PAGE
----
Palace Gate, or Duke of Suffolk’s Tower, Inner Bailey, Dover Castle, Kent, UK

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John Latter on March 5, 2013

The Palace Gate, or Palace Gateway, through the Inner Curtain Wall provides the southern entrance into the Keep Yard. Two corner towers of the Keep (or "Great Tower", as it is increasingly becoming known), are visible at top right (ignore the brick chimney-stack).

Abridged extract from "The History of the Town and Port of Dover and of Dover Castle (With a Short Account of the Cinque Ports)", Volume 2. Dedicated by the Reverend John Lyon, Minister of "Saint Mary’s", on April 21st, 1814, and published the same year:

Duke of Suffolk's Tower, or Palace Gate

The entrance into the Saxon keep, at this gate, was once secured with a portcullis; and the grooves in the stonework are still remaining.

After entering the gate, immediately on the right hand, there is a tower, which originally was only a recess in the wall, and open in front; but it has been enclosed, and apartments fitted up for the reception of those who commanded in the tower.

Edward the Fourth expended a considerable sum in repairing and decorating this building with lions and fleur-de-lis], for the accomodation of the Duke of Suffolk, who had married his sister, Elizabeth.

Abridged extract from "The History of the Castle, Town and Port of Dover" by Reverend S. P. H. Statham, Rector of St Mary-in-the-Castle (ie St Mary-in-Castro) (Longmans, Green, and Co., 1899):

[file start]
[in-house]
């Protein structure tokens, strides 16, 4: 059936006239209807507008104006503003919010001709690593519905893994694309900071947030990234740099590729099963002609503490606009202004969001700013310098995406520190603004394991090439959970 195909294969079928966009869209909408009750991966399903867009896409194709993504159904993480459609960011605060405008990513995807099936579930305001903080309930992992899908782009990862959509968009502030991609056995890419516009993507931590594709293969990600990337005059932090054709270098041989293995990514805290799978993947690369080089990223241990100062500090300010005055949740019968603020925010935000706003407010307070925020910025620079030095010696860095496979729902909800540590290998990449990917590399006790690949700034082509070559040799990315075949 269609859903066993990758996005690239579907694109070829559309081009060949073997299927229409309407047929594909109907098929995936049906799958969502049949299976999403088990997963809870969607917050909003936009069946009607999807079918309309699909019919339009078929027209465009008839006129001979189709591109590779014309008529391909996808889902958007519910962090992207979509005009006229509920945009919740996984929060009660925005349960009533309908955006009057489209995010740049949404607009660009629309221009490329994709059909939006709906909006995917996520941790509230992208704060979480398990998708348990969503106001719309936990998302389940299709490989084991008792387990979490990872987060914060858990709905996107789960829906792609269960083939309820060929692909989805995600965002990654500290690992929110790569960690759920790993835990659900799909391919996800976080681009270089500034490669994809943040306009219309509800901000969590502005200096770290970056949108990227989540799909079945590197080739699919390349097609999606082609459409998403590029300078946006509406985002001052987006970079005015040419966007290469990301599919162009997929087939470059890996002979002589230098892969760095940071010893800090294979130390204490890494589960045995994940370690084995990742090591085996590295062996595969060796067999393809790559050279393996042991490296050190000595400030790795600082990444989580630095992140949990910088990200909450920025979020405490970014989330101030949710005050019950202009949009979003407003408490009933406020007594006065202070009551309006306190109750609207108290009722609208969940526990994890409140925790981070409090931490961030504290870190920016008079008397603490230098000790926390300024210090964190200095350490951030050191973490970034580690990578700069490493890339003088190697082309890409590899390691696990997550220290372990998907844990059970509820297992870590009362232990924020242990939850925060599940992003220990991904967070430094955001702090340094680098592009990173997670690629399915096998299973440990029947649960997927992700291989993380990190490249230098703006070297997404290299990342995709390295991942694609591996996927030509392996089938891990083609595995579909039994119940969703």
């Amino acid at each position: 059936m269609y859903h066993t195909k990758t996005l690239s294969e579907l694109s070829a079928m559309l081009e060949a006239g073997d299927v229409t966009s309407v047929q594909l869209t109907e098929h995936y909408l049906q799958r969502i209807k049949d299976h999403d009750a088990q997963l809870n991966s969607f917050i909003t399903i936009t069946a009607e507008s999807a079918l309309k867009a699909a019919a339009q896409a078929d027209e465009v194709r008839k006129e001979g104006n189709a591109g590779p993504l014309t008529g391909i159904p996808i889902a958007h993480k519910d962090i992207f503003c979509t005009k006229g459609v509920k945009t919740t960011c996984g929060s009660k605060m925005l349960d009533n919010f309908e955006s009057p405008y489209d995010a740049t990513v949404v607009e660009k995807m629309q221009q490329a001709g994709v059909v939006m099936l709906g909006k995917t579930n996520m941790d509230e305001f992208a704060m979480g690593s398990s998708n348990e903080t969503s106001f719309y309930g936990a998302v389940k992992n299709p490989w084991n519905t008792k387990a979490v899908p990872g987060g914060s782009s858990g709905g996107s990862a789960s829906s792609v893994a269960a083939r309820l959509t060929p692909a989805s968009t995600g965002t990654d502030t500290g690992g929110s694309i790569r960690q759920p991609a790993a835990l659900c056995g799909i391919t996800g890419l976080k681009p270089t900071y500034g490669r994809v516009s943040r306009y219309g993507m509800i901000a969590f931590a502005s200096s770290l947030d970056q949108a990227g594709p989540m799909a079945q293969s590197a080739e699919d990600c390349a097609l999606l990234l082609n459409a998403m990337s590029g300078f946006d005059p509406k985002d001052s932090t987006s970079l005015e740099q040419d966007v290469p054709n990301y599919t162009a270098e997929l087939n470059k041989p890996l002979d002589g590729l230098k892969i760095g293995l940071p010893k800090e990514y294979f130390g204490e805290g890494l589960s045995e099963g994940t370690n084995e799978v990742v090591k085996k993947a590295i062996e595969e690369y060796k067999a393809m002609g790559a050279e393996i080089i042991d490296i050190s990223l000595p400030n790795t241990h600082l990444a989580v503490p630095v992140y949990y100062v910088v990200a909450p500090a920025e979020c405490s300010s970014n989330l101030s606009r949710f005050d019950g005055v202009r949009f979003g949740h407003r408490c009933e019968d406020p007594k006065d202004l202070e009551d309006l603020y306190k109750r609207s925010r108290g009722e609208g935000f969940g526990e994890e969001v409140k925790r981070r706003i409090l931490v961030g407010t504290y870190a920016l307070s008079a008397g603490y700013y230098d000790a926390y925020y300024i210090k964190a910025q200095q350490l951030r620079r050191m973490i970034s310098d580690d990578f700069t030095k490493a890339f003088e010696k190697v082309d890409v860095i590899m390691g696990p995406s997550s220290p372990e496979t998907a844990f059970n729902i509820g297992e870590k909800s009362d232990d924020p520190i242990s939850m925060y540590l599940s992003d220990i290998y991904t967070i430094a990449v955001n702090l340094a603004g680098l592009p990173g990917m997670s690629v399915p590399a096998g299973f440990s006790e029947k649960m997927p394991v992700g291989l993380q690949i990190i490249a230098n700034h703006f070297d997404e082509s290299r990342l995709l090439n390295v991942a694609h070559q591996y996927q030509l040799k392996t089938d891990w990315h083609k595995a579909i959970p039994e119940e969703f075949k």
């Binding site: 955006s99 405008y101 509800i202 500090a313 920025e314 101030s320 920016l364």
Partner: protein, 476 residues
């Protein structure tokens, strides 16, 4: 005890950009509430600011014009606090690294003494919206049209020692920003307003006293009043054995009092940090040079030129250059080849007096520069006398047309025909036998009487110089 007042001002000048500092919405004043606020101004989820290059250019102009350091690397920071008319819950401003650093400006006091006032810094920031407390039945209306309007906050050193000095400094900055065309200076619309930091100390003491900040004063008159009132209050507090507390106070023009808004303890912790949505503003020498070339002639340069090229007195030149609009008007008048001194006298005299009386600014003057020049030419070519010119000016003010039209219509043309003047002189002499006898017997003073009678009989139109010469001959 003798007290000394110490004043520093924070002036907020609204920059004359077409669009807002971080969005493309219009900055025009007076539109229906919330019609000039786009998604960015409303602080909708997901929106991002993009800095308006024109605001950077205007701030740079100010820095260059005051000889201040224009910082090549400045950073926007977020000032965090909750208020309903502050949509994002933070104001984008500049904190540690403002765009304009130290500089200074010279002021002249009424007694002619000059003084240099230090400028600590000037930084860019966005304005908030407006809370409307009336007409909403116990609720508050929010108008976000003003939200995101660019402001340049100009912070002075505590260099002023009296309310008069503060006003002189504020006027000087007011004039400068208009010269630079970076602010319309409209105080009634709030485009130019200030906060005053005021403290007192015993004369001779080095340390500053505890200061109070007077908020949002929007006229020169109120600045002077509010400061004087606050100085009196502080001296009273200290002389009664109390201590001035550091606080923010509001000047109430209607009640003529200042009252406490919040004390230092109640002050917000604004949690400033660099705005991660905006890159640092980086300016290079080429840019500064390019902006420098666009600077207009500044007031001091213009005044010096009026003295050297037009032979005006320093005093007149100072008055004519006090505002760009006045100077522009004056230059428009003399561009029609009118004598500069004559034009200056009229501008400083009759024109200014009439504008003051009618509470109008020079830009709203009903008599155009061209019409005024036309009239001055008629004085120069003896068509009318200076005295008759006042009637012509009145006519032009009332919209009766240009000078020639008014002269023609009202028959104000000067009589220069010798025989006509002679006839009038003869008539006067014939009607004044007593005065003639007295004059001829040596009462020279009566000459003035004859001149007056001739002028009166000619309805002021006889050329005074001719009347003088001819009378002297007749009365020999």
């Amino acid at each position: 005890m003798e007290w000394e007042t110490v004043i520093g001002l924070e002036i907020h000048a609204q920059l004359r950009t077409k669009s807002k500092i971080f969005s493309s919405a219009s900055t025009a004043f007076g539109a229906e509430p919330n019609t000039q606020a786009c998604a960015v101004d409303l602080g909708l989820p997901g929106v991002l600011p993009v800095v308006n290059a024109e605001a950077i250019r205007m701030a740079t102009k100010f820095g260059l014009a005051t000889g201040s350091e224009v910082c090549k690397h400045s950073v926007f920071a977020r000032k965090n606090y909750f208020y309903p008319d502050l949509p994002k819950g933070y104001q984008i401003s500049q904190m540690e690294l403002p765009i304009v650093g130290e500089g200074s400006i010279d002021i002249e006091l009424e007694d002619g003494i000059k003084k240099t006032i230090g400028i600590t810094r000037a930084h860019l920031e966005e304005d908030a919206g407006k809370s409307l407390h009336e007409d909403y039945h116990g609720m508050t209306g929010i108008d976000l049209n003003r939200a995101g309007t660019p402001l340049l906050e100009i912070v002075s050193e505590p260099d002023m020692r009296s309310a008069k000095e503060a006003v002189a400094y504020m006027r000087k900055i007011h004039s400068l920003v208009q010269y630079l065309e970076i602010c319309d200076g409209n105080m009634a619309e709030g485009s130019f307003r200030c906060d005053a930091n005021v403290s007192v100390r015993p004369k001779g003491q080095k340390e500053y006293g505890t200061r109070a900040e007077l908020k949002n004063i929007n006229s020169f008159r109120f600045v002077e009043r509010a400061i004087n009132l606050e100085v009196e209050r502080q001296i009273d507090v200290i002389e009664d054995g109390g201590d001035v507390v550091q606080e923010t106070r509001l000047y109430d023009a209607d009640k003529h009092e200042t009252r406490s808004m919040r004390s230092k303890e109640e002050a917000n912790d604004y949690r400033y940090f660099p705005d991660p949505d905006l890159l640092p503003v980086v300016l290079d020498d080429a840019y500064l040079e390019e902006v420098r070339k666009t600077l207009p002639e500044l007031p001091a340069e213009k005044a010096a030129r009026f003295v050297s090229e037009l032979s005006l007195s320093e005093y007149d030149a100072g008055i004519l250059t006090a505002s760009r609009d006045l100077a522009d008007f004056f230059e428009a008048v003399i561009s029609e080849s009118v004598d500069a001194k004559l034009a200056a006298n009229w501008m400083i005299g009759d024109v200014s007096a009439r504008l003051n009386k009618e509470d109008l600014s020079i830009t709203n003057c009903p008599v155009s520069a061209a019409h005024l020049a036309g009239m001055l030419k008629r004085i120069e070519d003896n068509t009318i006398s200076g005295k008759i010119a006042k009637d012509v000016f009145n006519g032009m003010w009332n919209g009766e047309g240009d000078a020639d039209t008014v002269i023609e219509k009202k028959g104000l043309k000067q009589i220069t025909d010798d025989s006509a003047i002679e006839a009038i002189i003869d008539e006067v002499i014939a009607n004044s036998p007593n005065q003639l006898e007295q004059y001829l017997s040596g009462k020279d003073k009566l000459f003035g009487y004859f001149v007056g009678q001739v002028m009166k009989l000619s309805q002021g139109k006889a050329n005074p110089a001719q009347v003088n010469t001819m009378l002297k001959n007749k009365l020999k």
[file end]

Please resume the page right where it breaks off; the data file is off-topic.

Two gates (in the Inner Bailey walls) led in to the inner ward (or Keep Yard), the one on the north, called the King’s Gate; that on the south being named the Palace Gate, or the Duke of Suffolk's Gate. They are vaulted passages between two flanking square towers, and are early English in character. Both were fitted with a portcullis.

An outwork, consisting of a wall with towers, was thrown out in front of each of these gates, and the entry to these works was placed obliquely to the main gate so as to allow the approach to be commanded. That at the King's Gate (the King’s Gate Barbican) remains much as it was first built, but the one at the Palace Gate has been entirely destroyed.

Click to see all photos of Dover Castle, one of Dover's English Heritage sites and a Listed Building.

Dover Castle appears in "Dover in World War Two: 1942", a ten minute British Ministry of Information film, released by the US Office of War Information, and narrated by the American journalist, Edward R. Murrow.

John Latter / Jorolat

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John Latter on March 18, 2013

This photo shows the archway and drawbridge of:

The King’s Gate, Inner Curtain Wall, Dover Castle, United Kingdom

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Photo details

  • Uploaded on December 25, 2009
  • © All Rights Reserved
    by John Latter
    • Camera: PENTAX Corporation PENTAX K100D
    • Taken on 2009/12/14 12:40:45
    • Exposure: 0.003s (1/320)
    • Focal Length: 45.00mm
    • F/Stop: f/9.000
    • ISO Speed: ISO200
    • Exposure Bias: 0.00 EV
    • No flash